26 November 2014
I20-1 is now I20-scanning
I20-2 is now I20-EDE
Please reference the beamline and the branchlines with these new names in your publications.
We are in the process of designing , procuring, building and testing a new 14 crystal emission spectrometer for I20-scanning. Owing to delays in the delivery of parts and knock on effects on the assembly/testing programme , the spectrometer replacement process will now take place from late October - December 2022.
In January - March we will be doing XAS experiments with the 64 Ge element detector and commissioning the new XES spectrometer. If things go as expected by early March we may be able to do one straightforward "commissioning" XES experiment. This means either measurements of RT samples or possibly simple electrochemical systems. We will not be doing variable temperature or gas experiments during commissioning.
In AP33 we will still be commissionign the spectrometer at the start of the period, thus the more complex XES experiments in AP33 will be scheduled from May onwards. Furthermore with the 14 element spectrometer the task of changing analyser crystals will be more complex and take considerably longer. Thus changing during a beamtime will not happen. Users using the same set of analyser crystals will be scheduled together, hence there will be less flexibility in scheduling than previously for XES users.
The determination of the local structure around a photoabsorbing atomic site present at low concentration and/or in X-ray unfavourable heavy matrix is one of the particular strengths of I20-scanning when operating in the conventional scanning XAS mode. The high flux and high spectral purity are the key design parameters of this beamline. The beamline is equipped with an in-house designed four-bounce monochromator which consists of two pairs of counter-rotating crystals.The main advantages are: a) high stability and reproducibility, b) fixed exit by geometry, and c) angle and energy resolution of transmitted photons are not determined by the incident beam divergence.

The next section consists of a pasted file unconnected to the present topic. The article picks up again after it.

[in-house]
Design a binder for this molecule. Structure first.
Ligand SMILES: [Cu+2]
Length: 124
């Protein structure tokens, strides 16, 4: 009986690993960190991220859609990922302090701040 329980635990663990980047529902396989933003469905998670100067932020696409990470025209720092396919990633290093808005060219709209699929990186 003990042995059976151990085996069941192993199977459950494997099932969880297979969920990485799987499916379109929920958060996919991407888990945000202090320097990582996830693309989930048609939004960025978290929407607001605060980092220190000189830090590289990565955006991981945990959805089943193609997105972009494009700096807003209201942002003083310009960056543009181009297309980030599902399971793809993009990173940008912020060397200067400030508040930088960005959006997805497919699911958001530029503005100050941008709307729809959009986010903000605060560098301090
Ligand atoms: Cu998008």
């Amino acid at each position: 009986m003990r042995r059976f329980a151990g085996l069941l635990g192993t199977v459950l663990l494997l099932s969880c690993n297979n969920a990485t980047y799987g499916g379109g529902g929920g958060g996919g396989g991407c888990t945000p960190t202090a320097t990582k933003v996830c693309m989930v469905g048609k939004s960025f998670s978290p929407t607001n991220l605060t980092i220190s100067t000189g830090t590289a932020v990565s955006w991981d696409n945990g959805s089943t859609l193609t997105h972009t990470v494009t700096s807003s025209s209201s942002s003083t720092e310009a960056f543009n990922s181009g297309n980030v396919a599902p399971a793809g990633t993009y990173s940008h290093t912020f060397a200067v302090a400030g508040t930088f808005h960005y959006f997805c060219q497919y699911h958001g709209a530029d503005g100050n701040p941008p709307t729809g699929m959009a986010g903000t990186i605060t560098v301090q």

|Energy range|| |
Si(111): 4 - 20 keV
Si (311)+: 7 - 34 keV
|Energy resolution|| |
Si (311)+: ΔE/E=2.8x10-5
|Flux at 10 keV (ph/s)||> 1012|
|Beam size at sample (µm)|| |
HxV = 400 x 300
+not available at current time
Status Update July 2019
The new first crystal cage is now working well. The better cooling enables the wiglgler gap to be closed to 15mm for >15keV this provides about 30% more flux.
Status Update March 2019
The previous incarnation of the four bounce monchromator has been in regular user use for the last two years. The Si(III) set of crystals work well with some minor issues. The monochromator took some time to thermally equilabrate when changing edge thus the beamline was normally only used for one edge per experimental user session apart from adjacent edges. The monochromator is very vibration sensitive and hence the area around the I20 optics hutch is barriered off to prevent external stimuli to activate these modes.
A new first axis is being installed, after extensive testing, in March 2019 with an enlarged second crystal ,. This should reach thermal equilibrium much faster and so make edge changing faster if not routine. It will not be a user -enabled process like B18, but it may be possible to look at more than one edge in an experimental visit. The new axis will be commissioned in April 2019, so more will be known then.
The new axis does not have room for a 311 crystal set and thus routine high energy use will not be available for some time. It is possible that the Si(333) will provide high energy X-rays but this remained to be proven. Hence the beamline energy range is likely to stay at 5-20 keV until a new monochromator is installed. this is planned for April 2021.
The 64 element has had Xspress4 electronics fitted this year which has improved its performance radically making it simpler to collect data on samples with high scattter or other elements in high concentrations.
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